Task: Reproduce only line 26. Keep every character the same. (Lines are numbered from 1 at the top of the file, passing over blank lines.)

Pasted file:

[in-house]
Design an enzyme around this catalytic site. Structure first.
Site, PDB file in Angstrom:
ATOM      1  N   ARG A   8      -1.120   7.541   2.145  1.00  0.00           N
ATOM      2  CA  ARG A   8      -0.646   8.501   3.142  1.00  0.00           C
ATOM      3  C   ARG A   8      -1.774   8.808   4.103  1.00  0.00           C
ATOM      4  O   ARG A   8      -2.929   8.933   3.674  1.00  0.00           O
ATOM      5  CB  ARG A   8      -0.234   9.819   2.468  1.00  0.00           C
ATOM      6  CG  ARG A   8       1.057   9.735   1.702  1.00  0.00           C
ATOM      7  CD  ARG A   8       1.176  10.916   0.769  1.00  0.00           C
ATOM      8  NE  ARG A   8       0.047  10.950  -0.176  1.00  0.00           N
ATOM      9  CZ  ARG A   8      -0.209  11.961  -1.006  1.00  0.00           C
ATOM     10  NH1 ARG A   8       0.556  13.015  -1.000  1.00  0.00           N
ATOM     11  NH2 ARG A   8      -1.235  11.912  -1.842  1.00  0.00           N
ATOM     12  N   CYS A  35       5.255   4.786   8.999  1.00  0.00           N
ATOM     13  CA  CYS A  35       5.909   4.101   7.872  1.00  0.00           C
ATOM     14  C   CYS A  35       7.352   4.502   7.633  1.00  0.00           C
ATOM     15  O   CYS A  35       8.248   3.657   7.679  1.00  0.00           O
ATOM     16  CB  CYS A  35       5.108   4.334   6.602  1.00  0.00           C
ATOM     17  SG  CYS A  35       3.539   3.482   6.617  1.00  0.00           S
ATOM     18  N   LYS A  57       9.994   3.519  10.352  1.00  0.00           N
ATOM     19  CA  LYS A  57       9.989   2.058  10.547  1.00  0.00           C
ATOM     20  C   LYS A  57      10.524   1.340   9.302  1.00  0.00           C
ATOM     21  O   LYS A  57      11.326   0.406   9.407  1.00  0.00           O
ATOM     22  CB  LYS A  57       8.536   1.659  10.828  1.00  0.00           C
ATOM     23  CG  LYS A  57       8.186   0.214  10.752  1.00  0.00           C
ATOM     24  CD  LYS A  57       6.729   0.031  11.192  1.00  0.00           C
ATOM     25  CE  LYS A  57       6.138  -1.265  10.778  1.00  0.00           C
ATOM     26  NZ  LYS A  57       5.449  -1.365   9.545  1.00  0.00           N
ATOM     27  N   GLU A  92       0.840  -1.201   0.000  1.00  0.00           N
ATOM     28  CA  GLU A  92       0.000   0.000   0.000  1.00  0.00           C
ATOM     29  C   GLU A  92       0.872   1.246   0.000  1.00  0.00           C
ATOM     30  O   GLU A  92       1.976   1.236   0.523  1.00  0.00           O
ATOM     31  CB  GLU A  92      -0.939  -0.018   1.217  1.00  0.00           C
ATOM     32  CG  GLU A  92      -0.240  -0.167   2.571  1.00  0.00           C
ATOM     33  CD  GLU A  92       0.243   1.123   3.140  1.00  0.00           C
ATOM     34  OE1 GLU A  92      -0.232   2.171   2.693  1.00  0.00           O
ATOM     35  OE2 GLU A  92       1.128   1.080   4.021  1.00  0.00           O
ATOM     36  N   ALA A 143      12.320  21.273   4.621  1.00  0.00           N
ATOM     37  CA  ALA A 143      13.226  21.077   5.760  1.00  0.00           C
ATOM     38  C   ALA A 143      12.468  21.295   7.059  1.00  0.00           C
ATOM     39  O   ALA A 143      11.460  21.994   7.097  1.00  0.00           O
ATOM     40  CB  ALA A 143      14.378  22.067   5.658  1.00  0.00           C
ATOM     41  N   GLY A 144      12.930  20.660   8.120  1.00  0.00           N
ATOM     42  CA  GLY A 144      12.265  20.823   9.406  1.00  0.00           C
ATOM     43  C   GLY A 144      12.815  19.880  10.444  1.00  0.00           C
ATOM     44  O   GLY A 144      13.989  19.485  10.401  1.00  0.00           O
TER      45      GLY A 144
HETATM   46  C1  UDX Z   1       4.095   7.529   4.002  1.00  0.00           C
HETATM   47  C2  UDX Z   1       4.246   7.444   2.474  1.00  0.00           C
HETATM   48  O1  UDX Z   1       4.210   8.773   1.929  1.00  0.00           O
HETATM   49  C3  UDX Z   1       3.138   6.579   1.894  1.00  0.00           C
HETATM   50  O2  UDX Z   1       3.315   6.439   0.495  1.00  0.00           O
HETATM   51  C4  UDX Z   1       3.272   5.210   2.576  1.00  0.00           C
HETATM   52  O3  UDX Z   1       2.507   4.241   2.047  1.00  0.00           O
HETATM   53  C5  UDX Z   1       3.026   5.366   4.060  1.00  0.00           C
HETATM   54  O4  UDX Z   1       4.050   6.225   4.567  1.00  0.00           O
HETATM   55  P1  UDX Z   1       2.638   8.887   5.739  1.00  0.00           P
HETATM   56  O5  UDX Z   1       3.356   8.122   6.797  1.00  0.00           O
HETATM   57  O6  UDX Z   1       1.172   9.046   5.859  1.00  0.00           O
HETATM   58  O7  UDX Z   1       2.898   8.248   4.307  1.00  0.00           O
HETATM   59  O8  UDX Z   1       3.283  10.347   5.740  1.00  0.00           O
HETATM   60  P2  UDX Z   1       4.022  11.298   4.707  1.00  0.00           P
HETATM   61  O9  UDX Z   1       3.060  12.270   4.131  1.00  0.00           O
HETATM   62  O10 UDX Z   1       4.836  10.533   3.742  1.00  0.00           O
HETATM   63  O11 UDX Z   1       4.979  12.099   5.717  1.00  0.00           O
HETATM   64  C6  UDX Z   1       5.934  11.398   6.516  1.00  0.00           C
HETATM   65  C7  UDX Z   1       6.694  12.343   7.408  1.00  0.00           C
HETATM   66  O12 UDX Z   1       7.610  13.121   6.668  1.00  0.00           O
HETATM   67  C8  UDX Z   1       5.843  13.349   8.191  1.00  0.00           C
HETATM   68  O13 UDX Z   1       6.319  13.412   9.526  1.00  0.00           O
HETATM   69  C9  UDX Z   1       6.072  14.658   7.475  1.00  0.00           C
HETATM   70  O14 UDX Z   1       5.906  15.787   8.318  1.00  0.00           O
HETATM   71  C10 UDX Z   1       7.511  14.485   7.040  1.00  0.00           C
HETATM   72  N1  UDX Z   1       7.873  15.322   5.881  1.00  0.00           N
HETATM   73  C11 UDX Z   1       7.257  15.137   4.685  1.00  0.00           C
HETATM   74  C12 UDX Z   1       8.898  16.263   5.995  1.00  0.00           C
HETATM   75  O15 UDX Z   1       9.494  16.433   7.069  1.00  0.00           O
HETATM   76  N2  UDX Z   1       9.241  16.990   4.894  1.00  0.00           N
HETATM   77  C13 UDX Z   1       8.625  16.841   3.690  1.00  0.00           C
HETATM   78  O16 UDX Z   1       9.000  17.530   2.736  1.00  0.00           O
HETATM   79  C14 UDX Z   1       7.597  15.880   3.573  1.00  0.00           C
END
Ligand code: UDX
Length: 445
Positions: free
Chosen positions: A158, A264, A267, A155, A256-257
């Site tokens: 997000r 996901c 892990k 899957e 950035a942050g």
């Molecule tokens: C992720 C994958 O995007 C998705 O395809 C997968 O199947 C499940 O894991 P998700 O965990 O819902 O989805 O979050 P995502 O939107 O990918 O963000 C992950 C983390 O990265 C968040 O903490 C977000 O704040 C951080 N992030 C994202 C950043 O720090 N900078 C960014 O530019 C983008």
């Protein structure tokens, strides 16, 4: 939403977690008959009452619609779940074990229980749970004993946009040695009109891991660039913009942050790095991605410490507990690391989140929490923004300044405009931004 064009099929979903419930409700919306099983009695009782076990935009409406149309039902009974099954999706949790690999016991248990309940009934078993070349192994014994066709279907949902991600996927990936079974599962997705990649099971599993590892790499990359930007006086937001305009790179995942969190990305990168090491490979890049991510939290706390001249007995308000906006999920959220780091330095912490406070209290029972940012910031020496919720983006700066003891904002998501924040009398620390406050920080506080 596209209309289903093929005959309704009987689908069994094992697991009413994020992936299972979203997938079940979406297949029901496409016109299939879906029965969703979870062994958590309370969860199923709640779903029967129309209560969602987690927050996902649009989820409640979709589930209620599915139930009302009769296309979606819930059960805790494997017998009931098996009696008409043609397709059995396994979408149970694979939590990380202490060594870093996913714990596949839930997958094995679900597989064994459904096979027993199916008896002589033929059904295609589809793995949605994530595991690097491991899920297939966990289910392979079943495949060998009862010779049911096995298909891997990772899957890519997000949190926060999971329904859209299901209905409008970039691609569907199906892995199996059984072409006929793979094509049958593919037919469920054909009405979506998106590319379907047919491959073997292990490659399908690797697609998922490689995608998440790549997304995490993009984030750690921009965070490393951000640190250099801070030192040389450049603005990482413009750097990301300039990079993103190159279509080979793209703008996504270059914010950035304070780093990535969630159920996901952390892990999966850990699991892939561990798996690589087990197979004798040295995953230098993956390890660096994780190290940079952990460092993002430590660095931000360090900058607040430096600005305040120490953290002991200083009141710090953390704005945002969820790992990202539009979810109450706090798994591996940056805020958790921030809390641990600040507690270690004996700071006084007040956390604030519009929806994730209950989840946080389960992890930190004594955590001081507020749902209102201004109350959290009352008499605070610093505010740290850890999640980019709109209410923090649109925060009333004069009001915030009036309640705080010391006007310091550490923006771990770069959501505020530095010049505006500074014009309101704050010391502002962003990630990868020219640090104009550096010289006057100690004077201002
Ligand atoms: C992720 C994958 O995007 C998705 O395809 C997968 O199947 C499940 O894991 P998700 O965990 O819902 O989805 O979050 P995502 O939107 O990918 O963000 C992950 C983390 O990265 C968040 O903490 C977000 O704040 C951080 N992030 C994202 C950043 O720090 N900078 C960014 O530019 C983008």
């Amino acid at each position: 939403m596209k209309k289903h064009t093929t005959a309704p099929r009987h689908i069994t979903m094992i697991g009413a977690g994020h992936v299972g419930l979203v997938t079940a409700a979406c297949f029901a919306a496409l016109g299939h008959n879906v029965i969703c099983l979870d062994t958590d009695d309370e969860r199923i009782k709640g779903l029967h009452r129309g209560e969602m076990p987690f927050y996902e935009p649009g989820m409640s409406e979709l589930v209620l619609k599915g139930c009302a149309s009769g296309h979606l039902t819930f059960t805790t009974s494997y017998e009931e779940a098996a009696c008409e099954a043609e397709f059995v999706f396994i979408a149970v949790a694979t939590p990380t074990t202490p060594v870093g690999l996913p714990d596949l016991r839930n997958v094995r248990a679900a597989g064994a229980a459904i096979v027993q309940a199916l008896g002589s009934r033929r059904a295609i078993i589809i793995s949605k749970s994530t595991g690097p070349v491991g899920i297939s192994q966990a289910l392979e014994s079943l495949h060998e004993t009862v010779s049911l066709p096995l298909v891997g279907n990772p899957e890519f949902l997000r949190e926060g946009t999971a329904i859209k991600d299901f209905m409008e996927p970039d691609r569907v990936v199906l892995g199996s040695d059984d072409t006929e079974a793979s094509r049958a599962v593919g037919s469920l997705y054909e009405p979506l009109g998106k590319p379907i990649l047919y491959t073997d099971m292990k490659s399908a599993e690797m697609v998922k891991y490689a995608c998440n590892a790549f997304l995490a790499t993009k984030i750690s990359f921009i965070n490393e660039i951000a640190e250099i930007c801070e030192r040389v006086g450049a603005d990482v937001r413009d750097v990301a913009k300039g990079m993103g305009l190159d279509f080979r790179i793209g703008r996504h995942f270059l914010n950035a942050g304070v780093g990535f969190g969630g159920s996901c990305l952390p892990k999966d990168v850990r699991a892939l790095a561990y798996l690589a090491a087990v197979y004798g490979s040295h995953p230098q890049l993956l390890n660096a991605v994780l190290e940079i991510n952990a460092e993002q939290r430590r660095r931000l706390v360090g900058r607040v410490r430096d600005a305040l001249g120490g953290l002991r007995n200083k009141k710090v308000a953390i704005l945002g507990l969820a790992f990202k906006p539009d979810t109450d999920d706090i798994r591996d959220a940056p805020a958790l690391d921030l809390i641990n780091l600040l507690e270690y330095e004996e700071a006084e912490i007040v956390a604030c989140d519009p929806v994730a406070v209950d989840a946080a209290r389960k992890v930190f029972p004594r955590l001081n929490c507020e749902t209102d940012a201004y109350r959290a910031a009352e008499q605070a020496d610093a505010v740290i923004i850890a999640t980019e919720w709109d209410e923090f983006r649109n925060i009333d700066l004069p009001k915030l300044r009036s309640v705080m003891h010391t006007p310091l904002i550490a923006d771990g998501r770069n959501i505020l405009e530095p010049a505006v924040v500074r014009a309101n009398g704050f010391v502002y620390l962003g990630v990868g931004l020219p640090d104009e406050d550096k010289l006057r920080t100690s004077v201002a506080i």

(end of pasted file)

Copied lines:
ATOM     23  CG  LYS A  57       8.186   0.214  10.752  1.00  0.00           C